Q: What is your current set list like? Roughly what percentage of your material does the entire touring band know?
A: We play some old classics and about ten songs from the new record. We know lots of songs, but Roger decides what goes into the list, and we tend to get stuck with the same list of songs for years at a stretch. He's not keen on taking chances, and to be honest I only like to do that outside the Who, not inside it. What we have works.
Q: Green Day received a lot of positive press over their album "American Idiot." They mentioned you and the Who when asked about their taking on a rock opera. Did you hear the record? If so, what did you think?
A: I heard the single. No chance of me ever becoming an American Idiot so I'll leave the contextualizing and analysis to you. Great record though I thought.
Q: Tell me a little about your literary endeavors. Who/what inspires you to write? What authors do you like? Do you even like other authors?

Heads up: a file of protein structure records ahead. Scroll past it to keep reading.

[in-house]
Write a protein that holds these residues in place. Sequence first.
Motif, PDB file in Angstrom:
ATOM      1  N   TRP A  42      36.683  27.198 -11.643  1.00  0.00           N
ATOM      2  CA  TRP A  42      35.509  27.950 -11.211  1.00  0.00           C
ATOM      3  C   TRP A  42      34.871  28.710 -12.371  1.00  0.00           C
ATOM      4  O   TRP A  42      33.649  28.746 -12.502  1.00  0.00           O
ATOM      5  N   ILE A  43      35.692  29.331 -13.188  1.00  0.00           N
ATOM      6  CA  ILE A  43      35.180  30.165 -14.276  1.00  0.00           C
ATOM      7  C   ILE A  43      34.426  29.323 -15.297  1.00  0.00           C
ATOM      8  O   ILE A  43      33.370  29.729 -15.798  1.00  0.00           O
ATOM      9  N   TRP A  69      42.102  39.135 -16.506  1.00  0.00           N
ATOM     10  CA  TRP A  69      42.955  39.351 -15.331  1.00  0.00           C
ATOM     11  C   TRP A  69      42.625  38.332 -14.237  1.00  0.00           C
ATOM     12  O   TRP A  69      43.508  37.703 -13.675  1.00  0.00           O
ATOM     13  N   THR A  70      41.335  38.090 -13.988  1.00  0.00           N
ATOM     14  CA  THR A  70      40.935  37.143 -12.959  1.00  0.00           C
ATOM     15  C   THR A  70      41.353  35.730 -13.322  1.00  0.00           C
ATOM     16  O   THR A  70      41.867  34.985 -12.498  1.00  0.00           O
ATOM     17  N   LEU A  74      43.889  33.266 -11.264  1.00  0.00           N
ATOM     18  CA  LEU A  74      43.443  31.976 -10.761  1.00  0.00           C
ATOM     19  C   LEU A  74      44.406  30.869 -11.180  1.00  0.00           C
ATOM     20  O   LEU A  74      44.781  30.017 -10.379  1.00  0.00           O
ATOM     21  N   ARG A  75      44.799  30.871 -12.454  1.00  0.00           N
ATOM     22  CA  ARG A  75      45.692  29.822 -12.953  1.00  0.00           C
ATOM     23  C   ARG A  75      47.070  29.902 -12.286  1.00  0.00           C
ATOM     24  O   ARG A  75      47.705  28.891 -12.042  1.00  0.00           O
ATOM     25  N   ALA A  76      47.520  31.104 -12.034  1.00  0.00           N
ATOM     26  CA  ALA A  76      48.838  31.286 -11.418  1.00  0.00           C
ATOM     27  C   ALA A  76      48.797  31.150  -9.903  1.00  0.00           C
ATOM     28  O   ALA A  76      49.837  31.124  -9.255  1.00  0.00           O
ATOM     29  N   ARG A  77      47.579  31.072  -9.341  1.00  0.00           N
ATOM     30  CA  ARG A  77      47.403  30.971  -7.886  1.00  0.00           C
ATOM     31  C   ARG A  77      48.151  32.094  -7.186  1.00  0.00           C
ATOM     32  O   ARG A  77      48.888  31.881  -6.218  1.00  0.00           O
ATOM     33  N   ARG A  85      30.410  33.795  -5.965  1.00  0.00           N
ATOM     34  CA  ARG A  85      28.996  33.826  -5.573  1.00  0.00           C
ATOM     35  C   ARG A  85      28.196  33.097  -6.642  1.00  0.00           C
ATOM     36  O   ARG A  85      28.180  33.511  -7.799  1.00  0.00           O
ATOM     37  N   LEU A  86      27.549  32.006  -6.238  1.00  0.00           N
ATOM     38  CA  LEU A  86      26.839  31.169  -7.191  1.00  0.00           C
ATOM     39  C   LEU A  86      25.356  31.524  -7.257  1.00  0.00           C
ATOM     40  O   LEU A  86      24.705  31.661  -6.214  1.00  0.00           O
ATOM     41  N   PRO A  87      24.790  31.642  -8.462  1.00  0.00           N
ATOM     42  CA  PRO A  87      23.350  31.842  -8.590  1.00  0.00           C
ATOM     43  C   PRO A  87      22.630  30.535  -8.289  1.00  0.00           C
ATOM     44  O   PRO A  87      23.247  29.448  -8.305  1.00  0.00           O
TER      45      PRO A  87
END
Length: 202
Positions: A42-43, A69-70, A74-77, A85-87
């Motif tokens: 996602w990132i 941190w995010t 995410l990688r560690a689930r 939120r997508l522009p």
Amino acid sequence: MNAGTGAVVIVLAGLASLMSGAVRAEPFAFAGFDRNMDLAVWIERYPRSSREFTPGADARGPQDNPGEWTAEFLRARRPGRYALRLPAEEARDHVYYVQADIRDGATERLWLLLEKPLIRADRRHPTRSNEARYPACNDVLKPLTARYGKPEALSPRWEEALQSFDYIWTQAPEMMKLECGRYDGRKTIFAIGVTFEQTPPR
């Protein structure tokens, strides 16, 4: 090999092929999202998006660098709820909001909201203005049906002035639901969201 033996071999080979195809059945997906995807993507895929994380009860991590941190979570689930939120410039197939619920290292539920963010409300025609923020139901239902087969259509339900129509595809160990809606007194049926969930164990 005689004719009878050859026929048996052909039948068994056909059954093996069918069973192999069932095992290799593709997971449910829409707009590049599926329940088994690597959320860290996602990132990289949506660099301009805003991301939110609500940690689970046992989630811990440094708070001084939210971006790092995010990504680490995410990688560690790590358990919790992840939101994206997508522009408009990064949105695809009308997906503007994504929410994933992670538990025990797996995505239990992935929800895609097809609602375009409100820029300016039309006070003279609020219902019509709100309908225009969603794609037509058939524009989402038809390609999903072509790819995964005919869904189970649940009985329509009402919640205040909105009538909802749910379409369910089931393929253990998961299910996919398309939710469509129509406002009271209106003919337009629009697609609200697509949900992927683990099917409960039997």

A: I read a lot of crime Henning Mankell, Simenon, etc. More generally I like Paul Auster, Updike, Hustvedt, Winterson, etc. I'm away from my bookshelf right now. If I was near it the list would be longer. I am inspired to write more by films rather than other writer's songs or books. Of course I like other authors, I worked for three years at Faber & Faber as an editor, and did a fair bit of proper editing as well as commissioning new titles. I met there Pinter, Stoppard, Seamus Heaney, Ted Hughes and dozens of my literary heroes. Right now I just finished a Henning Mankell non-crime book, perhaps his first, called "Depths." Deeply depressing, but powerfully engaging and poetic, utterly Swedish. I moved on to a country detective novel by the Canadian writer Peter Robinson. He is one of the writers I know I can trust on a long flight, or a beach somewhere. Without writers like this I couldn't do an 18 month long tour.
Q: Chuck Berry or Little Richard?
A: Chuck Berry. In the clean air between him and Bob Dylan we now know we can write a pop song about any subject we like. Chuck Berry brought real poetry, intelligence and literacy to rock lyrics. Little Richard brought bravura vocals, power, sex and towering presence. Both of them have terrific sense of humour.
-Brian in Atlanta